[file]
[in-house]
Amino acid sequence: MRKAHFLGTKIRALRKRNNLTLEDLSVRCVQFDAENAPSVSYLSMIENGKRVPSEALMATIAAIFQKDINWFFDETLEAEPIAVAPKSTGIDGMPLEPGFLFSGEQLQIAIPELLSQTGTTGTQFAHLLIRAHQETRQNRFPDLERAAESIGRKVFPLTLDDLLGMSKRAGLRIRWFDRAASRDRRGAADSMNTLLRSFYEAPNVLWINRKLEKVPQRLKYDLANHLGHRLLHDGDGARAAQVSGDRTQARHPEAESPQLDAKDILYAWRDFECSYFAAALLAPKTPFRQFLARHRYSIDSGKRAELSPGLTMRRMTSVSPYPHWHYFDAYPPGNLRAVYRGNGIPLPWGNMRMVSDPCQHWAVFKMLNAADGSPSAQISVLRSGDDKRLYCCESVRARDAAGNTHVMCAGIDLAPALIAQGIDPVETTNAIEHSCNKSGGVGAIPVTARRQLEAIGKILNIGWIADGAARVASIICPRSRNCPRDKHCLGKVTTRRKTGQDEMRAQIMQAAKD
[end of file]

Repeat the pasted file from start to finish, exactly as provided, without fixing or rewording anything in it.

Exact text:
[in-house]
Amino acid sequence: MRKAHFLGTKIRALRKRNNLTLEDLSVRCVQFDAENAPSVSYLSMIENGKRVPSEALMATIAAIFQKDINWFFDETLEAEPIAVAPKSTGIDGMPLEPGFLFSGEQLQIAIPELLSQTGTTGTQFAHLLIRAHQETRQNRFPDLERAAESIGRKVFPLTLDDLLGMSKRAGLRIRWFDRAASRDRRGAADSMNTLLRSFYEAPNVLWINRKLEKVPQRLKYDLANHLGHRLLHDGDGARAAQVSGDRTQARHPEAESPQLDAKDILYAWRDFECSYFAAALLAPKTPFRQFLARHRYSIDSGKRAELSPGLTMRRMTSVSPYPHWHYFDAYPPGNLRAVYRGNGIPLPWGNMRMVSDPCQHWAVFKMLNAADGSPSAQISVLRSGDDKRLYCCESVRARDAAGNTHVMCAGIDLAPALIAQGIDPVETTNAIEHSCNKSGGVGAIPVTARRQLEAIGKILNIGWIADGAARVASIICPRSRNCPRDKHCLGKVTTRRKTGQDEMRAQIMQAAKD